Traffic for 2006 June 7 (entry 0)

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"Ketch"ikan of the Day: Today was got to Ketchikan around 11 am and once again had to tender ashore. We had no formal plans this day, so we basically walked the entire city. We found a museum that had a self-guided city tour with monument placards along the way. It was a fun thing for us to do. Ketchikan reminded me a bit of San Francisco. Lots of hills, and lots of tall, skinny houses. Actually, the houses must be mentioned. Most of the houses are seriously four or five stories tall. And the main entrances to all of these houses are on the top level. Needless to say, there must not be a single person out of shape that lives in Ketchikan. Susie about died when she saw this spectacle. I wonder why they build them this way? Though on many of the houses it did appear that the bottom two floors may have been little more than unfinished areas used for storage, based on the structure of the house. I can't imagine hauling groceries up so many stairs.

The city also has a district with houses built on stilts partially over rivers. Hong Kong had similar areas like this in the fishing communities. They all looked quaint, with the exception of one more whore house.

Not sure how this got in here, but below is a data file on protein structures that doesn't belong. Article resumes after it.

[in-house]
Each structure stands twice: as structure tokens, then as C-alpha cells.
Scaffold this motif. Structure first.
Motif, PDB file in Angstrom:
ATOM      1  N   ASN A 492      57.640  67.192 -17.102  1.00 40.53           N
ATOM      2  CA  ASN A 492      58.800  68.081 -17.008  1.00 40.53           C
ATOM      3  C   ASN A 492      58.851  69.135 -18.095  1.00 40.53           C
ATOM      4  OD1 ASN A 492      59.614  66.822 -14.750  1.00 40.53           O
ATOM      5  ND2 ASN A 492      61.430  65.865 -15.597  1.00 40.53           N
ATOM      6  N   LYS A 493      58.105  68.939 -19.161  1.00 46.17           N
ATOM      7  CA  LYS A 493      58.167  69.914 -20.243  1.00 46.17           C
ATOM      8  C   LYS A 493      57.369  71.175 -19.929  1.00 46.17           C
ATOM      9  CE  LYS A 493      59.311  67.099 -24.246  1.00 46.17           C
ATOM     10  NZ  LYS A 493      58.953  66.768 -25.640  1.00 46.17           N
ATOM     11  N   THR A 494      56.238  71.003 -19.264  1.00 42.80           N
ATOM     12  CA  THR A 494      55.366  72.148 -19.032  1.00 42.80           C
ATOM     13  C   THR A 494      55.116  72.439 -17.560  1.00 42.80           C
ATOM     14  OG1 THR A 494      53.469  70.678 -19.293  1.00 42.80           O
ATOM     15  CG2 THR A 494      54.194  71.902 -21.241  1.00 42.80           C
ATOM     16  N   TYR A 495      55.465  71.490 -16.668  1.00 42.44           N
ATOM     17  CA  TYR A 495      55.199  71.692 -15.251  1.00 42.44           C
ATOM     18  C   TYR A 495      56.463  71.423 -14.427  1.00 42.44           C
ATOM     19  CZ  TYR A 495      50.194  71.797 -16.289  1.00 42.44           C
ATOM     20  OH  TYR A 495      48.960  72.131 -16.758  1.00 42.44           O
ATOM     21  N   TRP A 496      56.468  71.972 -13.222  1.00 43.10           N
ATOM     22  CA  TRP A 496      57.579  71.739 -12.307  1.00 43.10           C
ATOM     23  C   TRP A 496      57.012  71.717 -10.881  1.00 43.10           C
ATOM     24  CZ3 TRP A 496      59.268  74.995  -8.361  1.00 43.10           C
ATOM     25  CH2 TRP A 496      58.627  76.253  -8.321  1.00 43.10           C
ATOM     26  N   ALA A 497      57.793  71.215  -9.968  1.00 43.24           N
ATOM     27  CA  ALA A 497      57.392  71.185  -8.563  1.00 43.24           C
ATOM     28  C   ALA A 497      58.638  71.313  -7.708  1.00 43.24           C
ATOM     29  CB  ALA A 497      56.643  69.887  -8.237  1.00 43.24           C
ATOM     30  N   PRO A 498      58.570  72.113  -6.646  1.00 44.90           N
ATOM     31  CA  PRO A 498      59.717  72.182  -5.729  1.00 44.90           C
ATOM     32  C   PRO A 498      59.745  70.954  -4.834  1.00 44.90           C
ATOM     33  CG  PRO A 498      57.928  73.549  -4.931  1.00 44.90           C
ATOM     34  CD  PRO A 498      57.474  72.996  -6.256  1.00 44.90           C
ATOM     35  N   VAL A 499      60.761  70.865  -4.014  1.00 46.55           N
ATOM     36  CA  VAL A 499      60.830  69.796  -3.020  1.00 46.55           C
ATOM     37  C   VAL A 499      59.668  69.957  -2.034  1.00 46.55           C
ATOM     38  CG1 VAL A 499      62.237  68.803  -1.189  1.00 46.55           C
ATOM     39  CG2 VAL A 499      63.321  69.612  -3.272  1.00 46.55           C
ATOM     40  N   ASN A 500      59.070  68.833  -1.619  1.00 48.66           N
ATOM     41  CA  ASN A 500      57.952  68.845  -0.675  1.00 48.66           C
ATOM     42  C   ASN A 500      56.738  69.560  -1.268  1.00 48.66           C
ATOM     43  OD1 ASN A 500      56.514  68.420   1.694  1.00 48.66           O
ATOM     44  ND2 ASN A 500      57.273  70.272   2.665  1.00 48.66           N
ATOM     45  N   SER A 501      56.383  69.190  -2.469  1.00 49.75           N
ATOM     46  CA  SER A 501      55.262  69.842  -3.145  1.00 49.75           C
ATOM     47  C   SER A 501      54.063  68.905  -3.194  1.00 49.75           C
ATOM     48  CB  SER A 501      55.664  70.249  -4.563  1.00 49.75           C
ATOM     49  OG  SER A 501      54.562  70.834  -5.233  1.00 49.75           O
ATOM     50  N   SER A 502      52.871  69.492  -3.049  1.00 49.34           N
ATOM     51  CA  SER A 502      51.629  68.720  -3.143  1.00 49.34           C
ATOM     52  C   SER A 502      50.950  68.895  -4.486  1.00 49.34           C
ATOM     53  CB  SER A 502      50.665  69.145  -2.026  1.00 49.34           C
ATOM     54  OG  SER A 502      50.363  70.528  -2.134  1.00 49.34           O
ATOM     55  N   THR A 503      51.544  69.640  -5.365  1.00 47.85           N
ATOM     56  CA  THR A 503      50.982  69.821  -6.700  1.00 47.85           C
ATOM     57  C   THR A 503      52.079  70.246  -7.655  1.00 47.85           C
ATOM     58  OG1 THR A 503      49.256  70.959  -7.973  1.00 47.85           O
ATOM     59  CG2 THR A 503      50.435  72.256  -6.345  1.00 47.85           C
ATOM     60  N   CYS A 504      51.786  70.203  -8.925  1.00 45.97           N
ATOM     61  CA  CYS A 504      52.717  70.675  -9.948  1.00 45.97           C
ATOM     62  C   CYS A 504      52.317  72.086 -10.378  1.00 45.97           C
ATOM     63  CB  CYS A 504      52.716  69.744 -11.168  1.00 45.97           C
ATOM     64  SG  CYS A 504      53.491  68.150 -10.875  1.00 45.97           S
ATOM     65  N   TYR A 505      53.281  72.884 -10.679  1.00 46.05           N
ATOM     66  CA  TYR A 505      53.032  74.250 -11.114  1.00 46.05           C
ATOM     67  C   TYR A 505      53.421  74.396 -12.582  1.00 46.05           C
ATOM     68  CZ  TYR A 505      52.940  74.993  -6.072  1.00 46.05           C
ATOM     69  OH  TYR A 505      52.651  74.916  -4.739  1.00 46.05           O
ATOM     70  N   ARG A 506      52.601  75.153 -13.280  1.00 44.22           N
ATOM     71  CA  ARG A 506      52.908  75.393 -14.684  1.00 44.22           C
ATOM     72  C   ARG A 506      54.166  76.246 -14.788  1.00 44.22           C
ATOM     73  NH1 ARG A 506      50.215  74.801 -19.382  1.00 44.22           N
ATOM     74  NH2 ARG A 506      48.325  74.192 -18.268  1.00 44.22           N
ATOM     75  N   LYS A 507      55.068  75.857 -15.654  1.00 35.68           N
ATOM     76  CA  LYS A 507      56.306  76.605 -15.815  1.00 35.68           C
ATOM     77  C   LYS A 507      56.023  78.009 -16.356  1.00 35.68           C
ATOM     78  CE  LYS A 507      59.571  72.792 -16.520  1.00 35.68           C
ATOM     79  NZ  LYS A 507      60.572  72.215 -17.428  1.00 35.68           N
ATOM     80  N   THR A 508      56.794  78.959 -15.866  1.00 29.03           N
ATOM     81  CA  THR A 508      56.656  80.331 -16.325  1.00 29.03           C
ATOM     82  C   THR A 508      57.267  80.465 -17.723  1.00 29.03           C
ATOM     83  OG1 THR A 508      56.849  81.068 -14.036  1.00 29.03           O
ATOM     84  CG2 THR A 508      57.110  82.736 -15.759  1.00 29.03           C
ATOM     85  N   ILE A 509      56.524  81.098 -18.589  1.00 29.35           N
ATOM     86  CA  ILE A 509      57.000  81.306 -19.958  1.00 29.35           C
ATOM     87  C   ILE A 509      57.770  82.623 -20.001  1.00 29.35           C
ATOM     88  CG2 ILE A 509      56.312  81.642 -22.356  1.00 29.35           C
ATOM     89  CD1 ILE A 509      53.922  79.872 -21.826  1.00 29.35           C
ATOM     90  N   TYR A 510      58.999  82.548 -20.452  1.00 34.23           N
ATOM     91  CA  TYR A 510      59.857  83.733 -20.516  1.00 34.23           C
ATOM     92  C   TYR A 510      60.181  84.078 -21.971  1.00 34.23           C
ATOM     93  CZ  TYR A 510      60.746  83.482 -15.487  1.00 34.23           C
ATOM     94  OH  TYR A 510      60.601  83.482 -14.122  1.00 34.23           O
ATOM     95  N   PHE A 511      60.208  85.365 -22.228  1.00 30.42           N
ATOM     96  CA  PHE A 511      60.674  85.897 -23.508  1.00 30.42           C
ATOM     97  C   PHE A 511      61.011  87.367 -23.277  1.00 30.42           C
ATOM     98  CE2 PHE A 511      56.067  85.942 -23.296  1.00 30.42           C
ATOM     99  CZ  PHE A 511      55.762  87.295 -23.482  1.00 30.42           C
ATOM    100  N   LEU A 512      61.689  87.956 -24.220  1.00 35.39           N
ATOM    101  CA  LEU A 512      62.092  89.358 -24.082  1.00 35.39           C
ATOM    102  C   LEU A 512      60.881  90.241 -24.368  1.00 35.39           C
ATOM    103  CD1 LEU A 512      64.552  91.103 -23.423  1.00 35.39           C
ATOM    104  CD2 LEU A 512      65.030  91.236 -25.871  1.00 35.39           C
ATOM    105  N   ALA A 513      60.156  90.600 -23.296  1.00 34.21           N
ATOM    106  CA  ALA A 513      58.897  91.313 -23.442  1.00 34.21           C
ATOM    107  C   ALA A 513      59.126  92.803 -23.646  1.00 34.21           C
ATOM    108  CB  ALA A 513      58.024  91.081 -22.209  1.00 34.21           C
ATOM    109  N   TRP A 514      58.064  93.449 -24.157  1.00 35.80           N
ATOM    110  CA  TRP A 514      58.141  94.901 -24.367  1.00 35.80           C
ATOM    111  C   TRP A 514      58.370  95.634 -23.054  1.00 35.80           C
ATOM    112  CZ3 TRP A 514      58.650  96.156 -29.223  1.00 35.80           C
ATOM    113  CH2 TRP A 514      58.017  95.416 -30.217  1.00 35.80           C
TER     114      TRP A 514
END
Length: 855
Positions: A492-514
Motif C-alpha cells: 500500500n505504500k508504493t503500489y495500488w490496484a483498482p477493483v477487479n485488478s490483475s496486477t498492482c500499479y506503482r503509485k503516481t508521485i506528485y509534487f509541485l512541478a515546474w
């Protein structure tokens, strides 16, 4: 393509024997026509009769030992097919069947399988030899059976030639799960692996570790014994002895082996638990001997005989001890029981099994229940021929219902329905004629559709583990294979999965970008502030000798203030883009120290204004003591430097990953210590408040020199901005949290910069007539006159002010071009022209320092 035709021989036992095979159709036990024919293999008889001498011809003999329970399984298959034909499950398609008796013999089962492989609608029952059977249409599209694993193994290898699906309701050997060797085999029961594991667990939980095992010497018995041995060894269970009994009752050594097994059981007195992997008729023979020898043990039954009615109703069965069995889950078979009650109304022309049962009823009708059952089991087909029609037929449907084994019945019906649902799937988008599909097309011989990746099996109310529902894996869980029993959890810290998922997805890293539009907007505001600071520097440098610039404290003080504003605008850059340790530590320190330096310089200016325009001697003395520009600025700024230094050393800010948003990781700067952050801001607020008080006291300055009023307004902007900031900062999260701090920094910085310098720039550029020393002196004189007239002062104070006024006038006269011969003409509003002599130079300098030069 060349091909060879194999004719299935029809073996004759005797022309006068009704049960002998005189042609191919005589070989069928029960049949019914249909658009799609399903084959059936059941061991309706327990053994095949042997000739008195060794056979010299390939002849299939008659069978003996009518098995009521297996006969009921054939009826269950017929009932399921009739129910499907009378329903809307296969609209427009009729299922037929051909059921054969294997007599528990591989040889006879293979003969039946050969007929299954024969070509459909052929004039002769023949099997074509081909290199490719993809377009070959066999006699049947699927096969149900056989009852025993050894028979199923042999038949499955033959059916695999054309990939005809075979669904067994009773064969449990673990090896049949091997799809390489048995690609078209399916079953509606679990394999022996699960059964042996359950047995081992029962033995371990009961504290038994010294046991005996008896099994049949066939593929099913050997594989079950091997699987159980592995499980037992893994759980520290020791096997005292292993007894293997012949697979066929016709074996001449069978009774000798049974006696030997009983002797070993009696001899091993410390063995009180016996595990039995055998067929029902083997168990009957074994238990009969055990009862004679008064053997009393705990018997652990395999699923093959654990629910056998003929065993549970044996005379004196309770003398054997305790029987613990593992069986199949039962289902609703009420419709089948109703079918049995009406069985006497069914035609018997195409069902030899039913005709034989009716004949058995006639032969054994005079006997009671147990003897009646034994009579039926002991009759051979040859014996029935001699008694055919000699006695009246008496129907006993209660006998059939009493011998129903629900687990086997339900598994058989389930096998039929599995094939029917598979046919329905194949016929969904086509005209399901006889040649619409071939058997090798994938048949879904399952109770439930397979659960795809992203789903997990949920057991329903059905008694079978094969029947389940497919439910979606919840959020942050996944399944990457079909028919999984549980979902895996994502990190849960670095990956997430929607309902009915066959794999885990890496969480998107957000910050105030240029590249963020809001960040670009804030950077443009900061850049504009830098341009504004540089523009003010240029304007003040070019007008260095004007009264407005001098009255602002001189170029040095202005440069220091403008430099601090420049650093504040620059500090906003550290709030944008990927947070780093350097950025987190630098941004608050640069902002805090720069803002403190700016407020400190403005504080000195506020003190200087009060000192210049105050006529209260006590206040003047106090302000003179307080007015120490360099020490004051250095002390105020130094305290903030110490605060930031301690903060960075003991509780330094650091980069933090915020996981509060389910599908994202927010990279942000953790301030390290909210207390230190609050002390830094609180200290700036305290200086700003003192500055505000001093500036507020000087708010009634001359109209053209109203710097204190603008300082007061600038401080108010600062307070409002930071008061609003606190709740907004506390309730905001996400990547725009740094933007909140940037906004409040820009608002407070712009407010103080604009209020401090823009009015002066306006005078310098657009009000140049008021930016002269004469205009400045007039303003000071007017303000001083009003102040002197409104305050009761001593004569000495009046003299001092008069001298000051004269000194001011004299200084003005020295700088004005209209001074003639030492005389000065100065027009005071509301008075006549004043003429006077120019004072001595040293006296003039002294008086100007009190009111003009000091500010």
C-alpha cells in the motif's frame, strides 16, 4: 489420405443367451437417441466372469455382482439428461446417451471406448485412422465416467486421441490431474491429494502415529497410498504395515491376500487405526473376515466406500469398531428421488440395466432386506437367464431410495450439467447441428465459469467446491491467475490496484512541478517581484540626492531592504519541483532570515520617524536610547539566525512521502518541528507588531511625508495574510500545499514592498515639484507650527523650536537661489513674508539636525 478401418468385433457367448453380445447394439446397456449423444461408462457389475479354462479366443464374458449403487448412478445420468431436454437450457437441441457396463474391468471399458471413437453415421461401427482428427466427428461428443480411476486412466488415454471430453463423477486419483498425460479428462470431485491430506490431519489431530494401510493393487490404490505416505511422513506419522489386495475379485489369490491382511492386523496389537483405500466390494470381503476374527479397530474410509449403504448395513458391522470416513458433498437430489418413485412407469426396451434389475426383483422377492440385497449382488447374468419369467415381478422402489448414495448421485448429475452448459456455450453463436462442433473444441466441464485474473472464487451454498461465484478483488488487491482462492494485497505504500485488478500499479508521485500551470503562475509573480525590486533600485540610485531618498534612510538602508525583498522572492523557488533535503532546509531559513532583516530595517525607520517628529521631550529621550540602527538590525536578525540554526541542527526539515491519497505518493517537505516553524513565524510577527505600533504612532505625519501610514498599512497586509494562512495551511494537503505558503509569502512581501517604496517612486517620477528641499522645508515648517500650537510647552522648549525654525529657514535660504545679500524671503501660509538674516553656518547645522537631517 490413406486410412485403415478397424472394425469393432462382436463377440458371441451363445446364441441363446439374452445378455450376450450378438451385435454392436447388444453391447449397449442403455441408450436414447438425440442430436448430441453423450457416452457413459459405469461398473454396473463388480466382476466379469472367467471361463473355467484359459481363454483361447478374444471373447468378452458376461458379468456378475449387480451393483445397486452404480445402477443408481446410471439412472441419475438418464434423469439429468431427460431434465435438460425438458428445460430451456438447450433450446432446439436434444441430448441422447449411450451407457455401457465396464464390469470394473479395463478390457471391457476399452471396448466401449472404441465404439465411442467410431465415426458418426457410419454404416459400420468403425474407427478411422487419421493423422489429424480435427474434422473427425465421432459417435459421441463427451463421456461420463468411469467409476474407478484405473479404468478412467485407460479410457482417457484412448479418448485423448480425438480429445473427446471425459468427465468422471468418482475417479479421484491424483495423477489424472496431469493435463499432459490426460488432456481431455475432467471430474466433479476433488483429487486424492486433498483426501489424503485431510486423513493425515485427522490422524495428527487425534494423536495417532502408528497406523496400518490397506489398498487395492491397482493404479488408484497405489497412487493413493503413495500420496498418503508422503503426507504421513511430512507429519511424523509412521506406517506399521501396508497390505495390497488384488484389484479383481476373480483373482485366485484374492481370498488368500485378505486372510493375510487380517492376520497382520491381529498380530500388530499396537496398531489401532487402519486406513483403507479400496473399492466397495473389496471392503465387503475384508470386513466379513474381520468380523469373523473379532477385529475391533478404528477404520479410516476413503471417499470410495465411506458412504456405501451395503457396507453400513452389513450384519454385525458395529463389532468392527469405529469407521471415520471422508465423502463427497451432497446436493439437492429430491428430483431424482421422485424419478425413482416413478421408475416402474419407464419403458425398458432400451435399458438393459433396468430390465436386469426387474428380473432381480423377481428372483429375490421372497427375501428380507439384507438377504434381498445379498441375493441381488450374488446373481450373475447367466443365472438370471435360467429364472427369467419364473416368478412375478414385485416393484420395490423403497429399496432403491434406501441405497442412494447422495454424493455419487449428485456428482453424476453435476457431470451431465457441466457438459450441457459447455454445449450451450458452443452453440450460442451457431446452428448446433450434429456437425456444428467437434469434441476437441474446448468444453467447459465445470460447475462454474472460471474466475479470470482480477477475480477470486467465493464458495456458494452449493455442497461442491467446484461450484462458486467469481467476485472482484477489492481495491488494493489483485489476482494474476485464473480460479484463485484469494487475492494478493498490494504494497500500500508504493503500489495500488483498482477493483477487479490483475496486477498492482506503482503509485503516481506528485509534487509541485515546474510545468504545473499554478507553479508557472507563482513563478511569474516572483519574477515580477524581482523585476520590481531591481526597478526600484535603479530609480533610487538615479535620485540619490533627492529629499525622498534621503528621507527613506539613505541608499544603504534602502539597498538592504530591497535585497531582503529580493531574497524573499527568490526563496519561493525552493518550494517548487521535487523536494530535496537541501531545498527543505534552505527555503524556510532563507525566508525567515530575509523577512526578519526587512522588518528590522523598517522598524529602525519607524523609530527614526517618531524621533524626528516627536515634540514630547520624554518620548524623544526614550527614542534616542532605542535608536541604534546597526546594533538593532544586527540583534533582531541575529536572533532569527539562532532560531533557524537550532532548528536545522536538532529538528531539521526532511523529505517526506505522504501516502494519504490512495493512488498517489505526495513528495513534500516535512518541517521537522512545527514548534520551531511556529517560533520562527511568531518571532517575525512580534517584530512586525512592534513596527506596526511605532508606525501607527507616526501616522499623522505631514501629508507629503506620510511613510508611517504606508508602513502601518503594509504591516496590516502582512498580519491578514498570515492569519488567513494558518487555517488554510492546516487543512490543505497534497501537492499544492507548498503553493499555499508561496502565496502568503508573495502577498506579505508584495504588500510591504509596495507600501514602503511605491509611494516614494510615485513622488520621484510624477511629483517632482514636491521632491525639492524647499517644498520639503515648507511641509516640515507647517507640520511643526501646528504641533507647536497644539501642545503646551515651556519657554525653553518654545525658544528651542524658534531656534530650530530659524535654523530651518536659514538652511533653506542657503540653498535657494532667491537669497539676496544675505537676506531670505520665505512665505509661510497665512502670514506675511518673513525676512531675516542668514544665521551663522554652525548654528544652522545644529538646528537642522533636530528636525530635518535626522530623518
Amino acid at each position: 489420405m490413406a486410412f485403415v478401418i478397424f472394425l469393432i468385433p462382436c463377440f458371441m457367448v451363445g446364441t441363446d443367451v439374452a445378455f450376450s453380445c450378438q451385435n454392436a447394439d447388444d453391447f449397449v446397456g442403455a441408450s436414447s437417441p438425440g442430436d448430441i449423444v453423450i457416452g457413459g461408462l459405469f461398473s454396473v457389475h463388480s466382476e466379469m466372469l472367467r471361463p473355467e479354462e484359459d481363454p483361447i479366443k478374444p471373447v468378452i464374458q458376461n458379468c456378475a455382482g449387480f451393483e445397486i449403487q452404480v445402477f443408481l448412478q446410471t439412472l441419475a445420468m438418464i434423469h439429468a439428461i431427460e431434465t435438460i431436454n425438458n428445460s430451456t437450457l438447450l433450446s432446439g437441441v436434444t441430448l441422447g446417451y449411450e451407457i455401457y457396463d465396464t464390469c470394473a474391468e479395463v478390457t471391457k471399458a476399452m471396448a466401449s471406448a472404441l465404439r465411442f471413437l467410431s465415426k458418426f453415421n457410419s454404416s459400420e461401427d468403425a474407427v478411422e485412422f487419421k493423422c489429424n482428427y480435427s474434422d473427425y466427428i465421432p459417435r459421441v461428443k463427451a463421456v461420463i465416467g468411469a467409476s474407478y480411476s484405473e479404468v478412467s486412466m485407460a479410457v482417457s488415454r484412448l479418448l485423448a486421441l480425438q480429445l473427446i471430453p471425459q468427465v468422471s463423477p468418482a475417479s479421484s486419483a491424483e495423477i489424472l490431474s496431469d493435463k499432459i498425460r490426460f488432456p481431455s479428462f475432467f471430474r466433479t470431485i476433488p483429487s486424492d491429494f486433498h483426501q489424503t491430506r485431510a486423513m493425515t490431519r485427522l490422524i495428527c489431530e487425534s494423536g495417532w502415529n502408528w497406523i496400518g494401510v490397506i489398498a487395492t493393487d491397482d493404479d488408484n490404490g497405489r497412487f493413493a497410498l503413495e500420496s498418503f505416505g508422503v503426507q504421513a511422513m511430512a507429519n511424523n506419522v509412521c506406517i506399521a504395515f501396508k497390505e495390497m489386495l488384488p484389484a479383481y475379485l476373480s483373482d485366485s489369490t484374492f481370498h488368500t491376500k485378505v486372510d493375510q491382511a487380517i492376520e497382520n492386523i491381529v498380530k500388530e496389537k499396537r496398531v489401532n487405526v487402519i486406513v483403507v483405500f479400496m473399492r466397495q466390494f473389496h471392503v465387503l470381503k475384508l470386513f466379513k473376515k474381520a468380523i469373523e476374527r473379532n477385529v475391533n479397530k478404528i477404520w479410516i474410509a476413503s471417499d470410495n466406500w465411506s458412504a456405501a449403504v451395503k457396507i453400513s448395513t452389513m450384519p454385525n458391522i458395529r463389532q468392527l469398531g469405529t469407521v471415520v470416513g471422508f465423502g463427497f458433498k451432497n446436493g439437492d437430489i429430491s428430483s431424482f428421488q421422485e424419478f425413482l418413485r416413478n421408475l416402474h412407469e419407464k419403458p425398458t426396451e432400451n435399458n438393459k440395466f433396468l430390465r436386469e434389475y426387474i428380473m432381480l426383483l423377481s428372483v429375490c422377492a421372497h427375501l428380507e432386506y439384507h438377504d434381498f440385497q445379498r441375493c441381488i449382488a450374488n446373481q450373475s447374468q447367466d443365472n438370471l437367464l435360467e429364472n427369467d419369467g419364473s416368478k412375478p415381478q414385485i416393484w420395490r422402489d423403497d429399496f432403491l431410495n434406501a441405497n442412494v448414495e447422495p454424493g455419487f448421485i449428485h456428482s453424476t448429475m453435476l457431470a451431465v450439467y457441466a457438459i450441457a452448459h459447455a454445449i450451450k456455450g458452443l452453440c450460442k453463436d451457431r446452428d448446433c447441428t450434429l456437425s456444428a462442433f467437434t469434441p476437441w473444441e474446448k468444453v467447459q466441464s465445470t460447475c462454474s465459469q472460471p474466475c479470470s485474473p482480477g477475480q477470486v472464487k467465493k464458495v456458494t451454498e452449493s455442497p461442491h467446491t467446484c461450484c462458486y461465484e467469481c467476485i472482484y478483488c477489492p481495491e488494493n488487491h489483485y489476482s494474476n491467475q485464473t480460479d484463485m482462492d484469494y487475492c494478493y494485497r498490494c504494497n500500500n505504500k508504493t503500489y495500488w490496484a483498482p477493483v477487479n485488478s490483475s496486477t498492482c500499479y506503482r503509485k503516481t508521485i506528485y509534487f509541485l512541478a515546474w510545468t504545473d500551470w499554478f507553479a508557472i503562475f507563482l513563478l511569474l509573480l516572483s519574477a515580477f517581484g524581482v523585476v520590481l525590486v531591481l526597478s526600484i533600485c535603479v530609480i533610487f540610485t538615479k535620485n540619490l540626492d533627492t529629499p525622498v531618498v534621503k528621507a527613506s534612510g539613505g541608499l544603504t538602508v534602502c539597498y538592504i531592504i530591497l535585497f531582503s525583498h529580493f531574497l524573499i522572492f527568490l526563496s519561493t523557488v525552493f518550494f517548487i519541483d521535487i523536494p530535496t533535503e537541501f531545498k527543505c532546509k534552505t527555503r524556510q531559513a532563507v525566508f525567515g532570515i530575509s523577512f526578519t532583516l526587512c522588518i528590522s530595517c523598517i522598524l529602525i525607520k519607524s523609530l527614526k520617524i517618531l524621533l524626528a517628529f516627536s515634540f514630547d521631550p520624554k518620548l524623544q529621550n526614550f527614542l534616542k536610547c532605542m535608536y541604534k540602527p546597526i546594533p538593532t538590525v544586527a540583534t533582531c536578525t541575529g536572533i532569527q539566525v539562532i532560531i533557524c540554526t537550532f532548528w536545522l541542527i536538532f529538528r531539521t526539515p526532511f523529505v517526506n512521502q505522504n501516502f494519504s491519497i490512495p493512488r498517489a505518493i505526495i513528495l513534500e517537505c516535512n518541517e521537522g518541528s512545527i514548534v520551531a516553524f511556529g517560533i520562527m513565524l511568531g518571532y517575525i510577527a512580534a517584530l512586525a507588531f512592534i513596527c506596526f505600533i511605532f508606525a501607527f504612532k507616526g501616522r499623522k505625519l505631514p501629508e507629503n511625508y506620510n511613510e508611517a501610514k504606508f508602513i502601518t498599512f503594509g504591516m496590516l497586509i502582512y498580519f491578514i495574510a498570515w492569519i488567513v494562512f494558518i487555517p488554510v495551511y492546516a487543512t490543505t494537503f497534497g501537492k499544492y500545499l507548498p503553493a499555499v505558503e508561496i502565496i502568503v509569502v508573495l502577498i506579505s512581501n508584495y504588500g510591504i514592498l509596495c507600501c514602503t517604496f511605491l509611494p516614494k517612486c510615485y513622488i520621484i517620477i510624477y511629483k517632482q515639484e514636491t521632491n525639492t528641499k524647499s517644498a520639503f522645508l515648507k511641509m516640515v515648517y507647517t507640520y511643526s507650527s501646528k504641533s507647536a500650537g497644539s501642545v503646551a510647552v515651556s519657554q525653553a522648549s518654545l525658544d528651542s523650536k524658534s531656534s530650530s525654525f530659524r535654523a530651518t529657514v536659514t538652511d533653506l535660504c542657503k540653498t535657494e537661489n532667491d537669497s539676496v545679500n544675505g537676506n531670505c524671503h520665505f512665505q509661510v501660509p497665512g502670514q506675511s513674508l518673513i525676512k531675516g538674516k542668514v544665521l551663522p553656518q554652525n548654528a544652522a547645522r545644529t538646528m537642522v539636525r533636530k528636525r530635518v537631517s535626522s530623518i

The city walk loops around, so that you take a different pathway home. This took us up a rather steep hill to walk back along a residential ridgeway. There were eagles circling the skies and few decided to land on trees whose tops were level with us being high up on the ridgeway. So we got some excellent pics of wild eagles, and that was a neat thing to me.

Ketchikan gets 13 FEET of rain a year, which means about almost half an inch a day. Wow. That's a lot of rain. But once again we didn't get rained on. The Vacation Gods were indeed smiling down on us. The city also has a lot of totem poles that were removed from the surrounding area to be preserved in the city. They're very tame for totem poles--the Hollywood make believe ones are much more colorful. I wish they had signs on them detailing where they were found with a guesstimated creation date. But oh well.

That night our waiter at dinner asked me and Susie about polygamy. He is from the Philippines and I told him about my mission to the Kong a few days earlier. I could tell he worded his question very carefully, as he didn't want to offend us and thereby get fired. I tried to explain that we don't practice it anymore, but that it is a Christian rite that can be seen in the Bible, and is only practiced by certain people at certain times and left it at that. I think this is one reason that I have become more liberal in my acceptance of ideas that are foreign to me. Polygamy is a touchy subject that a lot of people, including myself, don't understand. How could I look myself in the mirror each day if I condemned others for being different when I am so different, peculiar even, to so many people? It would effectively take my persecuted heritage and revolve it into a persecuting future. I'm not willing to do that. My heritage is too important to me to belittle it like that.


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